20 new wasp species named after Costa Rican schoolchildren
HUACAS, Guanacaste — Twenty Costa Rican schoolchildren drew their way into the (natural) history books this year and became the first kids in Costa Rica — and probably anywhere — to have wasp species named in their honor. The students, who are 4th, 5th and 6th graders from a handful of small communities in the northwestern province of Guanacaste, were the winners of a drawing contest called Comparto mi nombre con una especie (I share my name with a species). At a heartwarming ceremony on Dec. 4, each student received a plaque bearing their species’ name, photo and a description along with a map showing where in the Área de Conservación Guanacaste (Guanacaste Conservation Area, ACG) it was first collected.
This distinct honor came as a result of a donation that retired U.S. expats Richard and Rita Ashley made in August in support of ACG’s parataxonomy program, which works to collect and identify new species of butterflies and their parasites (including certain wasps) in the conservation area. The donation will go toward the purchase of a bucket truck, which will allow the parataxonomists to collect specimens from the canopy of the rain forest and dry forest. When Dr. Daniel Janzen, technical adviser to ACG, expressed his wish to dedicate a group of 20 new species to friends of the Ashleys in recognition of their support, the Ashleys asked that the species instead be dedicated to local children.
“My thought is, if some of these kids — maybe just one — pursues a career in natural science, they’ll understand how important biodiversity is and pass that on to family and friends,” Richard said before the ceremony. “You’ve got to plant a seed.”
To choose the children the species would be named for, environmental educators from ACG and Área de Conservación Tempisque (Tempisque Conservation Area, ACT) organized the drawing contest for students at a school in Colonia Bolaños, along the highway from Liberia to La Cruz. The school participates in ACG’s Biological Education Program. Four other schools were chosen from the Santa Cruz area, where the Ashleys live.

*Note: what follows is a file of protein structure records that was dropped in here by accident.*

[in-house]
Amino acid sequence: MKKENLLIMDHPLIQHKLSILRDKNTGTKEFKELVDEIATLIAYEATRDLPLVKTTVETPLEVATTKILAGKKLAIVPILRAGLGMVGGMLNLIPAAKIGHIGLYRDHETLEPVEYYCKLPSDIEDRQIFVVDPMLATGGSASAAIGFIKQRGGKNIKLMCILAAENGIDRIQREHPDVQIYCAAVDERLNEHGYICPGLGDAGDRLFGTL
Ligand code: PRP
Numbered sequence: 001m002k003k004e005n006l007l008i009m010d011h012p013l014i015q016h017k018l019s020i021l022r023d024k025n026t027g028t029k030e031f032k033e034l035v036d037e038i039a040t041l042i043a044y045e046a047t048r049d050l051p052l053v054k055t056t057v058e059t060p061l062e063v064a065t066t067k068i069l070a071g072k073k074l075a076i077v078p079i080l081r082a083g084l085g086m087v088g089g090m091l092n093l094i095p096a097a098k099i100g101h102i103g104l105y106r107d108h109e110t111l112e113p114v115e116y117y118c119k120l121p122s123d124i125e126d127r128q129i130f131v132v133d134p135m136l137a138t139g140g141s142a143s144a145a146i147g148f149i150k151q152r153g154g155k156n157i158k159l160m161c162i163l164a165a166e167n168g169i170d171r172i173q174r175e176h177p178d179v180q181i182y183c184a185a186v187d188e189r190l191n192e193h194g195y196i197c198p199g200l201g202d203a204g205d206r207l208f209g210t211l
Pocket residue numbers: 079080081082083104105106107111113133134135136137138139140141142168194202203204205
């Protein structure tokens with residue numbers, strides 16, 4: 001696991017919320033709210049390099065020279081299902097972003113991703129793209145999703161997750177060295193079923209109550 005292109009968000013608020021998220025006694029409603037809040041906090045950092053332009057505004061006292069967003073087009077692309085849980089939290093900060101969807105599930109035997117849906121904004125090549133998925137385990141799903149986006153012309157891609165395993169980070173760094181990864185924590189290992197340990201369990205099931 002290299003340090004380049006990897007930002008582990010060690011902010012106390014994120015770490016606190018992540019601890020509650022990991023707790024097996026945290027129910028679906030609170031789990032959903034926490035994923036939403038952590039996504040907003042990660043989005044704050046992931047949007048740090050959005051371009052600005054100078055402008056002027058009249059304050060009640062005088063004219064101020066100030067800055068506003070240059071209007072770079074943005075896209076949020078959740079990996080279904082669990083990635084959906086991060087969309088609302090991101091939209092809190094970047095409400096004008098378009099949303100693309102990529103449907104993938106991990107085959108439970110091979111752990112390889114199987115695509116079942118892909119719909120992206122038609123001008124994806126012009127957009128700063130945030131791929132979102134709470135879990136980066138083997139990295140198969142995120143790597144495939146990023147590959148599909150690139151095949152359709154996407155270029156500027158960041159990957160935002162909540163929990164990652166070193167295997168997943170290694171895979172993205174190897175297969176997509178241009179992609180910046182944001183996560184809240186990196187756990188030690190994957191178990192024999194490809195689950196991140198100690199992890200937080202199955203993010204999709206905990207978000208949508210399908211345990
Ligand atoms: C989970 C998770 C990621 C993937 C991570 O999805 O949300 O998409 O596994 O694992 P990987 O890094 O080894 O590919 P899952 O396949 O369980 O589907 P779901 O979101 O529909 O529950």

During September and October, educators from both conservation areas met with students at the participating schools to teach them about the characteristics and importance of the tropical dry forest found in the province of Guanacaste, and explain the rules of the contest.
“[The students] studied the tropical dry forest and then drew their concept of it,” explained Rita Ashley, who volunteers as an English teacher at one of the participating schools.
About 127 students participated in the contest, and the Ashleys, along with teachers from the schools and educators from the conservation areas, selected the 20 winning drawings. Ten winning students came from Escuela Colonia Bolaños, five from Escuela Huacas, two from Escuela La Garita Vieja, two from Escuela Santa Rosa, and one from Centro Educativo Educarte de Costa Rica.
The contest award ceremony was held on a breezy poolside patio amid colorful bunches of flowers and the chatter of birds at the Best Western Camino a Tamarindo, which the Ashleys own. Despite the buzz of excitement among students and adults alike, education and conservation remained the focus of the event.
Gabriela Gutiérrez Ruiz, coordinator of the ACG’s Biological Education Program, led the students through a presentation explaining the life cycle of the tiny parasitoid wasps that now bear their names. She explained the long process of identifying these new species, which began when the parataxonomists collected the insects from the forests of ACG and later required genetic and morphological analysis of the specimens by the Biodiversity Institute of Ontario at the University of Guelph.
Richard Ashley spoke about biodiversity, likening it to a machine whose parts all depend on the success of the others, and emphasizing the importance of understanding all parts — and species — of the earth.
“A very wise man once said that curiosity and imagination are two of the most important human traits. Curiosity may take many paths, but at the end of those paths is a reward. That reward is knowledge. The honors you receive today are symbolic of that curiosity,” Richard Ashley remarked.
“By having a species that bears your name, you have begun down the path to being curious about your species and now you have the responsibility to help it survive, and survive, and survive,” Richard told the children.
In total, 25 species were dedicated at the ceremony: 20 for winners of the drawing contest, one each for Richard and Rita Ashley, one each for the directors of Escuela Colonia Bolaños and Escuela La Garita Vieja, and one for an environmental educator from ACT.
The final phase of the contest comes in late January, when the 20 contest winners will be invited on an educational tour of the rain forest in ACG’s San Cristóbal sector led by the Biological Education Program, Drs. Daniel Janzen and Winnie Hallwachs and four ACG parataxonomists. With any luck, the kids will see some wasps they know by name.
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